Anonymous said...

Good article, Neil. It's a sad reflection on modern society that more and more people regard the only crime as "getting caught doing it". When I sat for my first patent attorney exams back when disnoaurs walked the earth, the practice exam usually had a conflict of interest question. In those days, the answer was, get rid of both parties. However, I watched with some confusion as attorney firms kept one of the clients - and in one case kept BOTH clients, physically walling off one team from the other and forbidding them to associate with each other at all!

I personally am with Will - or, to paraphrase another Hollywood icon (Fred McMurray in "The Rains of Ranchipur"), a man's gotta do what a man's gotta do". "But everyone does it!" is usually an indication that it's something that a man's not gotta do.

Neil Wilkof said...

Anonymous (12:39:00 BST)

Thanks. There is a more up-to-date version of the McMurray quote, based on a 1980's television program--Alf--about an alien who becomes a house guest of a middle class American family. To quote Alf, "an alien has to do what an alien has to do." I don't know which quote is more apt for the subject matter at hand.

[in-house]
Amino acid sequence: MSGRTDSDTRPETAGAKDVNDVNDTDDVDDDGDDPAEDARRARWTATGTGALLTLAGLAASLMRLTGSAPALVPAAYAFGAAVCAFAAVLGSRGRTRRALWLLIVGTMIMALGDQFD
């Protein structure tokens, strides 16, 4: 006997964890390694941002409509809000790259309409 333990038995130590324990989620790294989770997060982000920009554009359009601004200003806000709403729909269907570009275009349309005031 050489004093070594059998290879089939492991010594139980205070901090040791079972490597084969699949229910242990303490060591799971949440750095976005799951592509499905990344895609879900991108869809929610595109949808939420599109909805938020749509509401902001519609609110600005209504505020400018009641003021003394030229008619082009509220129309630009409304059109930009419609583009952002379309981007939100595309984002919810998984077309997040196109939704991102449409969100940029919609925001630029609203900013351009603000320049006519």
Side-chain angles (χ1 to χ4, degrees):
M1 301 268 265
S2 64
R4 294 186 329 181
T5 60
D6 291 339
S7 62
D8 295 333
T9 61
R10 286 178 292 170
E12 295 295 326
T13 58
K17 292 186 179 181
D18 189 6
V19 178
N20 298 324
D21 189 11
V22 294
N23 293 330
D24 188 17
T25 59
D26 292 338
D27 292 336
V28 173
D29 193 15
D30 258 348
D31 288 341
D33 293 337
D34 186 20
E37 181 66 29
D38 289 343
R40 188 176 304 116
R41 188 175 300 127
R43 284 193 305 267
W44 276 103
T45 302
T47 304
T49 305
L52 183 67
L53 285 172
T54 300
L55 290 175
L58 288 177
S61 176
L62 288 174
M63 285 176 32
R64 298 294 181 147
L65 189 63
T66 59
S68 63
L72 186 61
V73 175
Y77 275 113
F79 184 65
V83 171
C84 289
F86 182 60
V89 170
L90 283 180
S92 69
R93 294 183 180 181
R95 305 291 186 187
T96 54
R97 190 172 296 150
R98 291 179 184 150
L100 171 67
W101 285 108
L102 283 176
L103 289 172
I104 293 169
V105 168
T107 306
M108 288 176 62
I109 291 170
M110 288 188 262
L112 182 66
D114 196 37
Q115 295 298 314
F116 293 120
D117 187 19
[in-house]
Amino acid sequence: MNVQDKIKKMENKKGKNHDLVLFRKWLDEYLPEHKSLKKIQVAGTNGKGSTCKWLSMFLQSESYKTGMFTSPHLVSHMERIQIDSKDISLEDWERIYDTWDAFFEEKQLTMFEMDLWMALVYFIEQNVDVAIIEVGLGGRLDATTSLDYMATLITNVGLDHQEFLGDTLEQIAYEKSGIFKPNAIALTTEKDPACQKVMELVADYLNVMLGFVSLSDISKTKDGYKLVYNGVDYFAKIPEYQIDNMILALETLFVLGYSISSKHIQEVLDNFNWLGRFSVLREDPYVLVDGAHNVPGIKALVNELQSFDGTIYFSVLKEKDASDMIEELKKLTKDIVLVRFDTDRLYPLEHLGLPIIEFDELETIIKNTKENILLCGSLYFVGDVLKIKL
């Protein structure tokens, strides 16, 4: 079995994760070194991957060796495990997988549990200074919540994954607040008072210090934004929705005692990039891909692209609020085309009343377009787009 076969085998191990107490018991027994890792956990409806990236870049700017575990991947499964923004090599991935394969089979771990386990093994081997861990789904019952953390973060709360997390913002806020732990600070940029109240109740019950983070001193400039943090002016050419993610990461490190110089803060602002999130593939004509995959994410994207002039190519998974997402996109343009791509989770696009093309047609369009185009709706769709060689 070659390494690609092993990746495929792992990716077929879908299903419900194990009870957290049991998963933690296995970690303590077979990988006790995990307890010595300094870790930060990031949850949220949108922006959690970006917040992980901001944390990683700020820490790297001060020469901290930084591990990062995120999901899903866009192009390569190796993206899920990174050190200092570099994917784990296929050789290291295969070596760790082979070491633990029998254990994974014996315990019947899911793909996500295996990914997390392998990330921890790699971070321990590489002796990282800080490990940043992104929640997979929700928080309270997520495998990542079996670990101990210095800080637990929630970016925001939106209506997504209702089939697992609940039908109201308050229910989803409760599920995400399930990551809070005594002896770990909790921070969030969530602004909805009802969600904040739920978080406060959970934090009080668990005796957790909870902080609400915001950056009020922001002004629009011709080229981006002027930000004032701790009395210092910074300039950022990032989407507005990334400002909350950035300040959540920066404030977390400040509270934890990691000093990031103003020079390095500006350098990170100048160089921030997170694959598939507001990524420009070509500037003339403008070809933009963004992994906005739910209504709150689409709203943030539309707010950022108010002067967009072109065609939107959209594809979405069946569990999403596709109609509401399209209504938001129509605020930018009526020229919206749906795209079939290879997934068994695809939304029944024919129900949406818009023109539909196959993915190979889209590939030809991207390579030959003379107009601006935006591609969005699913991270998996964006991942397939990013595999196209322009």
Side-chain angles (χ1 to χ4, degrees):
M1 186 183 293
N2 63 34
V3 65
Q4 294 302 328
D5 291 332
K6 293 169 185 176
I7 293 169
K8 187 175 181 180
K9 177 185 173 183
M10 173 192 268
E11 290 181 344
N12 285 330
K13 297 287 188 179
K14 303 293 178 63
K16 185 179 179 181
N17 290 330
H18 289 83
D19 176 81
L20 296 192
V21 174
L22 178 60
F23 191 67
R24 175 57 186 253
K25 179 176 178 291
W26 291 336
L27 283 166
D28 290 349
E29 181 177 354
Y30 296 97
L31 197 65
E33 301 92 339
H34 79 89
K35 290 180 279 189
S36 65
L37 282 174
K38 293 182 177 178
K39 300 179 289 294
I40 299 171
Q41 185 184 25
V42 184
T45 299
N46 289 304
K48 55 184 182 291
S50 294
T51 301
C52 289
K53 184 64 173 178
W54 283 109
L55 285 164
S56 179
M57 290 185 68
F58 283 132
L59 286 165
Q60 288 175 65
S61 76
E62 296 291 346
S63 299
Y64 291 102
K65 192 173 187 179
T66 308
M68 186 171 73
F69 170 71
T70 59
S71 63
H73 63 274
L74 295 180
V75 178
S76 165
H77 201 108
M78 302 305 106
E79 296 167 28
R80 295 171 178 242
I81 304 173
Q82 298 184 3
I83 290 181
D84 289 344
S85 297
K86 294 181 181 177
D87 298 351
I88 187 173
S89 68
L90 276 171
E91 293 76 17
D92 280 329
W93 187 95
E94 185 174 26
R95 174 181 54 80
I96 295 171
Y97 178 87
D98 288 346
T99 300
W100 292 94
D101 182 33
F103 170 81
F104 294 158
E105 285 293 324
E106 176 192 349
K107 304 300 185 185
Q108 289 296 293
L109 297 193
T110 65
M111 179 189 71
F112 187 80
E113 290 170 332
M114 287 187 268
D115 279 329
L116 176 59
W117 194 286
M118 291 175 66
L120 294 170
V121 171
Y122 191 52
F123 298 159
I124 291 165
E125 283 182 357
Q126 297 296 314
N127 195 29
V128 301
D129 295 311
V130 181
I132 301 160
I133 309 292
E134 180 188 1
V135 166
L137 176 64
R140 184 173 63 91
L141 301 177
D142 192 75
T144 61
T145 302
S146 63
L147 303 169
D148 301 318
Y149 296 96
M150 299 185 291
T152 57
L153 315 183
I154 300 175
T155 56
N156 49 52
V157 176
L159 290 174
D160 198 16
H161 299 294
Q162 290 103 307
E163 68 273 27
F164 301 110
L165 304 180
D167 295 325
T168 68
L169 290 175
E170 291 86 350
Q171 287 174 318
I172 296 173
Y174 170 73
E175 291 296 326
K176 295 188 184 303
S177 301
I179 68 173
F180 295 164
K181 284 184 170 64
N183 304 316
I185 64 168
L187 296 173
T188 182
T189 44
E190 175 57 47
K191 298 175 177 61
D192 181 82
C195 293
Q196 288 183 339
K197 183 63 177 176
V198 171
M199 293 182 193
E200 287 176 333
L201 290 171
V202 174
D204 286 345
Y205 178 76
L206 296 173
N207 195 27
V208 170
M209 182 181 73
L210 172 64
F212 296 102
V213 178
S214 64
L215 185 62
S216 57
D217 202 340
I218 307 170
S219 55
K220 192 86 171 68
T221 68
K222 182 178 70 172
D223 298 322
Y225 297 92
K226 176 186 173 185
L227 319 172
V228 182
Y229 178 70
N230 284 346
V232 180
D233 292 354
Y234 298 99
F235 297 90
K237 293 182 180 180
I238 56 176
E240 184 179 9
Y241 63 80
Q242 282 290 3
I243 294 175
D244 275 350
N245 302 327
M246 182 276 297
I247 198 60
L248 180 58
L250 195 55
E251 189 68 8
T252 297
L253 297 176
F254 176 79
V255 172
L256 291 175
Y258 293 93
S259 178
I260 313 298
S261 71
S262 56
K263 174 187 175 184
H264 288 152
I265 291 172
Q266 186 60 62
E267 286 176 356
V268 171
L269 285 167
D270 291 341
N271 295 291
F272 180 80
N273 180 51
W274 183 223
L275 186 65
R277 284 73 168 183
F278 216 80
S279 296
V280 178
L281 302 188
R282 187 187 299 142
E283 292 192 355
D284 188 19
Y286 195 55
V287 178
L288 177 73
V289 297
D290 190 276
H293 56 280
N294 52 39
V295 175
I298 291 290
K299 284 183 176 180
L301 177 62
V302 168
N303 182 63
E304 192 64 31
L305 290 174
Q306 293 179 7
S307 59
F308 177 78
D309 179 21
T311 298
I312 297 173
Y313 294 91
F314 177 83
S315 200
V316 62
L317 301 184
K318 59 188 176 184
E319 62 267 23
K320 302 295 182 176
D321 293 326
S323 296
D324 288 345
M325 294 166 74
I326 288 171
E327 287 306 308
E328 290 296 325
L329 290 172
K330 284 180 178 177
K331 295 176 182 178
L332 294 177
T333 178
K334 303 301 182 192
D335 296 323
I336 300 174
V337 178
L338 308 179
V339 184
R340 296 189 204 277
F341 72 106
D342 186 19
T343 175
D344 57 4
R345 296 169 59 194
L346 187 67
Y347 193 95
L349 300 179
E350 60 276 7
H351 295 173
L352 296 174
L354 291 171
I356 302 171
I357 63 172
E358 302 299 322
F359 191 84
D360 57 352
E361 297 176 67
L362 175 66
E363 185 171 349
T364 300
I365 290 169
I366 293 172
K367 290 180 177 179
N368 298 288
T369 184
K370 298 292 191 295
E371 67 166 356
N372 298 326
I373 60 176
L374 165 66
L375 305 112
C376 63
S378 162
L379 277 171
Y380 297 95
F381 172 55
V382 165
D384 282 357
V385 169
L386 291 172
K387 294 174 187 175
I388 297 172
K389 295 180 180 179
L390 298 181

Anonymous said...

Very interesting article. Thank you.

Anonymous said...

Spot on. Some responses I've used:

"They have more money and can afford the lawsuit."

"Do you really want to be like them?" (Useful in derogatory advertising scenarios)

"The law isn't always in sync with common practice."

"They didn't have the advice of good counsel." (That usually is met with the retort, albeit only with the eyes, "(and I wish I didn't either).")

Anonymous said...

How about suggestions to patent attorneys on how to deal with clients who would like protection for manifestly unpatentable stuff?(Blatantly non-novel, quivering masses of obviousness, business methods, etc.)

"Let the patent office deal with it, I'm just here to write up the stuff." ?

MaxDrei said...

Well, one idea might be to collect newspaper cuttings about people who did what everybody else was doing at the time, and came to regret it many years later when the sky fell in and consequences were visited upon them that were out of all proportion to the mischief back then. Show them to the Client and if the Client still insists on proceeding, well, you've done all you could to dissuade them.

Clients are paying you to brief them fully enough that they never suffer, much later on, any nasty surprises.